LONDON (Reuters) - Gold bugs may take heart from Iran’s decision to accept the metal as payment for its oil rather than dollars, but few in the bullion market believe Tehran’s customers will leap on the opportunity to do so.
Iran’s central bank governor said on Tuesday Tehran was willing to accept gold as payment for its oil as sanctions imposed by the United States and Europe hamper the country’s financial institutions and force its trading partners to seek alternative ways to settle transactions.
Gold, which has risen by some 13 percent so far this year to around $1,780.00 an ounce, is often bought as a last-resort alternative to fiat currencies, as a safe-haven against unpredictable stocks and bonds or as protection against rising inflation that can erode the value of any portfolio.
One of the advantages to Iran of taking gold as payment is precisely its status as a quasi-currency and one which, in its physical form at least can help the republic bypass the sanctions on its financial system. The advantages for its customers however are less clear.
“It’s down to the sanctions in place on currency transactions in and out of Iran ... That is probably the main motivation. You can’t transfer dollars, but at least you can put a boat in the water and send some gold,” Ole Hansen, Saxo Bank senior manager, said.
“For the recipient of the oil, it’s suddenly a different ball-game. Instead of transferring some money, there is the risk of who covers what costs (of the deal). Who is going to carry that? So I don’t think it is going to fly.”
Iran used gold and oil to pay for shipments of grain earlier this month, according to European grain traders. It has also used currencies such as the yen or the rouble to pay for grain imports, thereby skirting the need to employ either dollars or euros.
NO FRESH DEMAND
In the unlikely event that using gold in barter deals became widespread, it still would not create a new long-term source of demand, analysts say.
“When Iran sells oil and receives gold, it will have to use the gold to do something else. If this became an established practice, which I would be very surprised by, yes there would probably be a positive impact on the price,” RBS analyst Nikos Kavalis said. “But it’s not the same thing as there being an actual end-use for gold.”
Sanctions from the West include a phased ban on its oil imports and some of Iran’s largest trading partners such as Japan and South Korea have bowed to U.S. pressure and announced cuts to quotas, while Iran’s two largest customers, India and China, have not.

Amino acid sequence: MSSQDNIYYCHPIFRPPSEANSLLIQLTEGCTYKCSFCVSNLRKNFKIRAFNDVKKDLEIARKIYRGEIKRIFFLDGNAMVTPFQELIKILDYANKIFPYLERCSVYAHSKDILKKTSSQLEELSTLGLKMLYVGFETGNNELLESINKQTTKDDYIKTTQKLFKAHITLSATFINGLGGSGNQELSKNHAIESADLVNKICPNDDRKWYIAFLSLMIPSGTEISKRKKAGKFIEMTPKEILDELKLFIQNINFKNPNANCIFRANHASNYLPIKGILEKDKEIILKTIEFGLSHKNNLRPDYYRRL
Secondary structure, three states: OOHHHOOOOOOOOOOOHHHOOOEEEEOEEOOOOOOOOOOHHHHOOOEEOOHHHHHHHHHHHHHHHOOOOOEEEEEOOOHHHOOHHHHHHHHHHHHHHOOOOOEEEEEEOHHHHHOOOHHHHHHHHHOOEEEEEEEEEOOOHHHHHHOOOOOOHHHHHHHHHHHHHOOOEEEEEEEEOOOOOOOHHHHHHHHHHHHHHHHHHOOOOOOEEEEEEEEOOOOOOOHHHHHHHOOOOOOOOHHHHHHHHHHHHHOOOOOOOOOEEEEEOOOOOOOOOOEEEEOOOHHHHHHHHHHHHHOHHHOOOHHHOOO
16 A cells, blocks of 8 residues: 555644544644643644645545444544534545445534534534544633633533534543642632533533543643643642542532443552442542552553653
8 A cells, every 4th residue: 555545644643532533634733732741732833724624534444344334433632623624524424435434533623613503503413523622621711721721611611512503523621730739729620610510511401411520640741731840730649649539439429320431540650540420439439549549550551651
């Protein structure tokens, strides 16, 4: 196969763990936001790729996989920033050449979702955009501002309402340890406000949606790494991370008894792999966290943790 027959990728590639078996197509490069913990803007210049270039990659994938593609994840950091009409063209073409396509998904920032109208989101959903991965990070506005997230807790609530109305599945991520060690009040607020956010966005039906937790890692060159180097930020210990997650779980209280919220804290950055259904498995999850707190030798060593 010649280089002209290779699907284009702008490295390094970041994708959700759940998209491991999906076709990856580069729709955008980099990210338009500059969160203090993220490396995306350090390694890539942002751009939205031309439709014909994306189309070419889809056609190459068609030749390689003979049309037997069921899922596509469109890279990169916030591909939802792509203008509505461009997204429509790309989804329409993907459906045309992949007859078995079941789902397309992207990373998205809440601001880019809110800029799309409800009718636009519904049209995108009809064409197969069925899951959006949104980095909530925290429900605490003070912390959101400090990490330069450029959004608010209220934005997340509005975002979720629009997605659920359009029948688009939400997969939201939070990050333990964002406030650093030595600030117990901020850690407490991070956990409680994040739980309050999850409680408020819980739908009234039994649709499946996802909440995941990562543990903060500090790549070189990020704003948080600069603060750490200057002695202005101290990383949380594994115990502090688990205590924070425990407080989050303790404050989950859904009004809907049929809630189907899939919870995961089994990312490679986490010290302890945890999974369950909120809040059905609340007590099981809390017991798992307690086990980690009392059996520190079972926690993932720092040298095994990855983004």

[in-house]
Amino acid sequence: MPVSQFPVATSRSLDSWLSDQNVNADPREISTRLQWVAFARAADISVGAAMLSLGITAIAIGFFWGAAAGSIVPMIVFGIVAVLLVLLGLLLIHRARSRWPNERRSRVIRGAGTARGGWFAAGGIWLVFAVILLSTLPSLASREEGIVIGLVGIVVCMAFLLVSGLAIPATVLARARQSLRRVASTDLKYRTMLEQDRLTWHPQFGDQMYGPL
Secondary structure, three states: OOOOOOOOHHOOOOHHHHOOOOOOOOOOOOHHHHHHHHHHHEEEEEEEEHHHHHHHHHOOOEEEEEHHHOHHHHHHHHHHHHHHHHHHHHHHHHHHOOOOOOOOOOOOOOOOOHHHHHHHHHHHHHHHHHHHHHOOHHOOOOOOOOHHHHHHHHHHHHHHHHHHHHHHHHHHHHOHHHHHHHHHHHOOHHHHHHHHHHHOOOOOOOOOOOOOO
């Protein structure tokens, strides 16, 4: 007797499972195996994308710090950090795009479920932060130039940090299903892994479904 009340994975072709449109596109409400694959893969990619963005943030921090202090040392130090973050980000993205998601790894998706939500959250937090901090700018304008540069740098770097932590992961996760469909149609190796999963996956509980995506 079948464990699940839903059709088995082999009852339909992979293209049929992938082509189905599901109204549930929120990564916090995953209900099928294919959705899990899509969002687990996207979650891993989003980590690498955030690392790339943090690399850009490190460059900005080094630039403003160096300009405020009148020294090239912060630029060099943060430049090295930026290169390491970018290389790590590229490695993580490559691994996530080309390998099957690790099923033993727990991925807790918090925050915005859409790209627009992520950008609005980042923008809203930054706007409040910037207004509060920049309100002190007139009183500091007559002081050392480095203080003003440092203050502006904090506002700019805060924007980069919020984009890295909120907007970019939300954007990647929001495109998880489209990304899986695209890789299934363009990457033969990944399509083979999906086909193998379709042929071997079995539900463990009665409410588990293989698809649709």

“We suspect there is quite a lot of bilateral trade (with China) - it isn’t simply a case of accepting gold - what Iran is prepared to do is accept a certain amount of domestic currency of the countries that it is trading with,” Nic Brown, head of commodities strategy at Natixis, said.
“There is in effect a barter system going on for much of the oil that Iran is still exporting...it’s effectively being netted off against goods and investment and services that Iran is receiving from these countries. It won’t ever be a case of gold substituting entirely for the dollar,” he said.
India is looking to source more oil from the likes of Iraq or Saudi Arabia, as trading with Iran has become more difficult, but local gold market experts say the chances of the country using gold to ease its transactions with Tehran are nonexistent right now.
“Exports in any form is not possible unless and until Iran brings down its import duty,” said Rajiv Jain, chairman of Gems and Jewellery Export Promotion Council, adding that Iran imposes an import duty of 30-40 percent on jewellery or other forms of gold.
There is also the issue of China, rapidly closing in on India for the position as world’s largest gold consumer. The country is also the largest producer of the metal and its mines cannot churn out enough bullion to satisfy demand.
“China interestingly enough is under-resourced in terms of its gold reserves but, not withstanding that, its also the world’s biggest gold producer so presumably its got the ability to fund any purchases from Iran that it needs to put through,” Ross Norman, chief executive of bullion dealer Sharps Pixley said.
“What the Iranians are saying is that there are other financial mechanisms out there for those who want to transact.”
Additional reporting by Veronica Brown and Jan Harvey in London, Rujun Shen in Singapore and Siddesh Mayenkar in Mumbai; editing by Keiron Henderson
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